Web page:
Boi Culture in ‘Female Chauvinist Pigs’
In Female Chauvinist Pigs: Women and the Rise of Raunch Culture, Ariel Levy devotes a chapter to lesbian interpretation of raunch culture and boi culture – which she, or Katherine Volin ( I’m not sure which one) describes as the latest incarnation of the butch-femme dynamic. I strongly disagree. The ‘boi culture’ Levy describes doesn’t have a place in the butch-femme dynamic I cherish.
Described as the most recent lesbian label, Levy says, bois want to be like men, but without the responsibilities of adulthood.
â€œI never really wanted to grow up, which is what a lot of the boi identity is about,â€ says Lissa Doty, one of Levyâ€™s interview subjects who self-identifies as a â€œboi.â€
The chapter also describes lesbian sexual opportunism among bois, particularly across the New York-San Francisco migratory pattern. This approach to sexuality, the book says, is distinctly different from that of traditional lesbian relationship patterns.
More about Female Chauvinist Pigs: Women and the Rise of Raunch Culture from Publishers Weekly review at Amazon:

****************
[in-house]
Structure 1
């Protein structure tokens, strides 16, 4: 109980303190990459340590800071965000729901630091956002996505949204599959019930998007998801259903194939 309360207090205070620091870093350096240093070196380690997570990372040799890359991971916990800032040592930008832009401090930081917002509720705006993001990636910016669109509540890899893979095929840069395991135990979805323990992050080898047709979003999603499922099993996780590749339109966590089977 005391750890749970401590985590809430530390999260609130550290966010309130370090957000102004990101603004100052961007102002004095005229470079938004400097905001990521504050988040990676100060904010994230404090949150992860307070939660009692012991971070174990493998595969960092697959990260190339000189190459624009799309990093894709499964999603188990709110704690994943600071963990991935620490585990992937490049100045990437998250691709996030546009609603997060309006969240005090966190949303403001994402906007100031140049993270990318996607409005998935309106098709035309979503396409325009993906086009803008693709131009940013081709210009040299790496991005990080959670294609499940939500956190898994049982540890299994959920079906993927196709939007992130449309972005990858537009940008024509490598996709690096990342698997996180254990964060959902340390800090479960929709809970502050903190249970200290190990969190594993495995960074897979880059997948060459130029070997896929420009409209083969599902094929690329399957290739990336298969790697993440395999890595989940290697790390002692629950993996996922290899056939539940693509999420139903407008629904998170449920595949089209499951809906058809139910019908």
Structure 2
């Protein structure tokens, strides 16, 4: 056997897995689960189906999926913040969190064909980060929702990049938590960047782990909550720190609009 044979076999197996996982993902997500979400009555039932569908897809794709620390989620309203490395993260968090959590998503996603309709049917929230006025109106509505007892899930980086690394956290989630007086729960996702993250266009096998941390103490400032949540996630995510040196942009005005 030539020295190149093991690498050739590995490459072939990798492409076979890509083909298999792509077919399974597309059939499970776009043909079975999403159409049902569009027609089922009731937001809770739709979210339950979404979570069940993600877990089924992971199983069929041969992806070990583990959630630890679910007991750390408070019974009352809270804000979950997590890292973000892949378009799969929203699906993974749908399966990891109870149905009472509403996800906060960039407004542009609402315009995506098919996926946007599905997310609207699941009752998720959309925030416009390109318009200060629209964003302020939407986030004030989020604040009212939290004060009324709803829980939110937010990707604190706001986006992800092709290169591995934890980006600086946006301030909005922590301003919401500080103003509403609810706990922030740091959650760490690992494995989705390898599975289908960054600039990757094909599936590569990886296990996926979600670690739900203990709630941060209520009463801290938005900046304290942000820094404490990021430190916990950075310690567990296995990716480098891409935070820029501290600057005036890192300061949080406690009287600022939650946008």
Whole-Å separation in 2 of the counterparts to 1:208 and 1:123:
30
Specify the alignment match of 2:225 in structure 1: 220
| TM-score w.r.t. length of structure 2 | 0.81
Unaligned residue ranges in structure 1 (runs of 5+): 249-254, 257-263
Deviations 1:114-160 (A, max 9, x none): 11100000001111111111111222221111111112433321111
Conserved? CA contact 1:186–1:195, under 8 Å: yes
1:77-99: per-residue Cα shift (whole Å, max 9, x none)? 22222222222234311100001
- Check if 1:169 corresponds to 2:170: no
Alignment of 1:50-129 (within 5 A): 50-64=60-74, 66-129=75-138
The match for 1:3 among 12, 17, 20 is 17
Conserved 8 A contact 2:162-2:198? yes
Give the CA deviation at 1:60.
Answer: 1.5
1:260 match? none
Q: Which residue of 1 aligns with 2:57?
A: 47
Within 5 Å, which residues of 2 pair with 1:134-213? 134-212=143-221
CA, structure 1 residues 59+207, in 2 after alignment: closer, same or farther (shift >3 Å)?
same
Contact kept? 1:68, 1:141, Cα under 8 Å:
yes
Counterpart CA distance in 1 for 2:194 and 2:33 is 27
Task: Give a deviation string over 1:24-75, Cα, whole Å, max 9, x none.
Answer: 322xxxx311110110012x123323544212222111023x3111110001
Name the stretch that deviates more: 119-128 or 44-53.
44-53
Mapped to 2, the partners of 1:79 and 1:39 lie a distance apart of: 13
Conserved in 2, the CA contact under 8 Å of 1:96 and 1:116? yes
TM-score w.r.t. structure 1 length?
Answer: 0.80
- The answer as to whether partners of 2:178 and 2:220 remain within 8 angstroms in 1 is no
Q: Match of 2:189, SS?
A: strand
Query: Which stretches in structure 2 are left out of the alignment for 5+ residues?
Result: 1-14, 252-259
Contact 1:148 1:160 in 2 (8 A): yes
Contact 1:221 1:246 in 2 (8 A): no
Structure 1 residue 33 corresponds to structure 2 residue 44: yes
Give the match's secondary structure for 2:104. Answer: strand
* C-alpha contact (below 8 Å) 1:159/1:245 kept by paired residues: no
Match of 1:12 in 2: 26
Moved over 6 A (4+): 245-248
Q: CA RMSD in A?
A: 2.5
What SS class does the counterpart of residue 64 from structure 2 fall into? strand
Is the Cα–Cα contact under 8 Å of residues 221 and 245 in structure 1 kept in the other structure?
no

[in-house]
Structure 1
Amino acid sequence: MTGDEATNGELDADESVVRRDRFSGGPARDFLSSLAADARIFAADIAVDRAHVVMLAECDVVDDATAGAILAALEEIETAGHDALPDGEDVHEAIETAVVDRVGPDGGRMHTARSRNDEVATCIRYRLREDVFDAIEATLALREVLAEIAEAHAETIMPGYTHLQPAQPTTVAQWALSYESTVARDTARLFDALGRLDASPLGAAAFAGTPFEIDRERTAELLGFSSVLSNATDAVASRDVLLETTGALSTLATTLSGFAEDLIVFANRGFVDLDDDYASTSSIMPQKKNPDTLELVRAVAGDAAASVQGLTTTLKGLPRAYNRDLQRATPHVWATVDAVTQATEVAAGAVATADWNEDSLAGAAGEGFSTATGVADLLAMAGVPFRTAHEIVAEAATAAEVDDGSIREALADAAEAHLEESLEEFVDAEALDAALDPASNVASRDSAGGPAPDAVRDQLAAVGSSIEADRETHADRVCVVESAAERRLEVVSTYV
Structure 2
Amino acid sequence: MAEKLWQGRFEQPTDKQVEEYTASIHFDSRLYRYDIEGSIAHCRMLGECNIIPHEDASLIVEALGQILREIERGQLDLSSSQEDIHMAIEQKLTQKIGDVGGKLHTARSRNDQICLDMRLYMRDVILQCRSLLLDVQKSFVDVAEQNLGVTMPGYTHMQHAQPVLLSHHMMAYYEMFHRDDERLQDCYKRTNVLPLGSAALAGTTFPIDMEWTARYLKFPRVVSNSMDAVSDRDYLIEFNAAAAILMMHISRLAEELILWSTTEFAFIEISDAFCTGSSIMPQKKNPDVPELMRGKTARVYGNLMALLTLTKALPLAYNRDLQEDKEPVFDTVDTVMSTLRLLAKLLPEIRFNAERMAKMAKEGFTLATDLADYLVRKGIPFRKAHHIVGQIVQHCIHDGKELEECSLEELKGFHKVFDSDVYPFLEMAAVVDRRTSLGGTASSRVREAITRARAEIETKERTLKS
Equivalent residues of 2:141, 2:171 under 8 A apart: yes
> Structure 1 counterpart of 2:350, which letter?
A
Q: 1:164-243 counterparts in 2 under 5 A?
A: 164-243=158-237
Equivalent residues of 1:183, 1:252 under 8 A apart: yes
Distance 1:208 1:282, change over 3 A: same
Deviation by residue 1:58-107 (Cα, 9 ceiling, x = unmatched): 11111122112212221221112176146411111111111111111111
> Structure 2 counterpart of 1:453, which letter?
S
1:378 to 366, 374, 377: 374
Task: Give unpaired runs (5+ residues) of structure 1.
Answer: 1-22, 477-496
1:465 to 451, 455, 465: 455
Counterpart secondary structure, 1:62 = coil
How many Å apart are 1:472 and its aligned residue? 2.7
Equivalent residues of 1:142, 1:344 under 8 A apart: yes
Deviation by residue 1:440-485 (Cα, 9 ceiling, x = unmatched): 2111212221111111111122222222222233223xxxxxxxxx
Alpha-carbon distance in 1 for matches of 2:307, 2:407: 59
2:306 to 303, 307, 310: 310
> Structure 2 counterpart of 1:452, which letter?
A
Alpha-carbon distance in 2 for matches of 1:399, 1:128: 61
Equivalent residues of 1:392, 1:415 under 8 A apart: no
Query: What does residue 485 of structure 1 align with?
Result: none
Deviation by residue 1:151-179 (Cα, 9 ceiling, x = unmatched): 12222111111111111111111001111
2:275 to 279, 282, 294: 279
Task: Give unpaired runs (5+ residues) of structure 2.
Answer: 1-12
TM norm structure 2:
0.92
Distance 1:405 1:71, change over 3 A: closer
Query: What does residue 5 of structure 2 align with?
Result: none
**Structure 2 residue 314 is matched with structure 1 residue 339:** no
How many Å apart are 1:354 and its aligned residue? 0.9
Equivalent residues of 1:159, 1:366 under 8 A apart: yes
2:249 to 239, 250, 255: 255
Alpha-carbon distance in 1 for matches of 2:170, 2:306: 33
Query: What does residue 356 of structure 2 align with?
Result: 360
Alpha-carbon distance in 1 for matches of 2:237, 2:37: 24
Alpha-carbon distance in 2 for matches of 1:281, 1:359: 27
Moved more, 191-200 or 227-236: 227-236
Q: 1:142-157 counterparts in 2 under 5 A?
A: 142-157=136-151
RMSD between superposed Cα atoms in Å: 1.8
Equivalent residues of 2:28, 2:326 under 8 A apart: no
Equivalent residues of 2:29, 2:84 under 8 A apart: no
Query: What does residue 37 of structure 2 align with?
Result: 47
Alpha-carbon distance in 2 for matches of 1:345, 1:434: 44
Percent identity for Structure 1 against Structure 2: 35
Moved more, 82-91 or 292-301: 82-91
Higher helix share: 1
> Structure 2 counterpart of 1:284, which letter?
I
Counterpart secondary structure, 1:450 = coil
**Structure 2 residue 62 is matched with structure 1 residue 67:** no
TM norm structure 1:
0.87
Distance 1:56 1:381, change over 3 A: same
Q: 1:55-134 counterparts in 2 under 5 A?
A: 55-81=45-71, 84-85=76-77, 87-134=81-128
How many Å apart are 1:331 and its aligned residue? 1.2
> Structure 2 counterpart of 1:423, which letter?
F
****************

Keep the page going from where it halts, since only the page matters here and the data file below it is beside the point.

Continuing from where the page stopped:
What does sexy mean today? Levy, smartly expanding on reporting for an article in New York magazine, argues that the term is defined by a pervasive raunch culture wherein women make sex objects of other women and of ourselves. The voracious search for what’s sexy, she writes, has reincarnated a day when Playboy Bunnies (and airbrushed and surgically altered nudity) epitomized female beauty. It has elevated porn above sexual pleasure. Most insidiously, it has usurped the keywords of the women’s movement (liberation, empowerment) to serve as buzzwords for a female sexuality that denies passion (in all its forms) and embraces consumerism. To understand how this happened, Levy examines the women’s movement, identifying the residue of divisive, unresolved issues about women’s relationship to men and sex. The resulting raunch feminism, she writes, is a garbled attempt at continuing the work of the women’s movement and asks, how is resurrecting every stereotype of female sexuality that feminism endeavored to banish good for women? Why is laboring to look like Pamela Anderson empowering? Levy’s insightful reporting and analysis chill the hype of what’s hot. It will create many aha! moments for readers who have been wondering how porn got to be pop and why feminism is such a dirty word.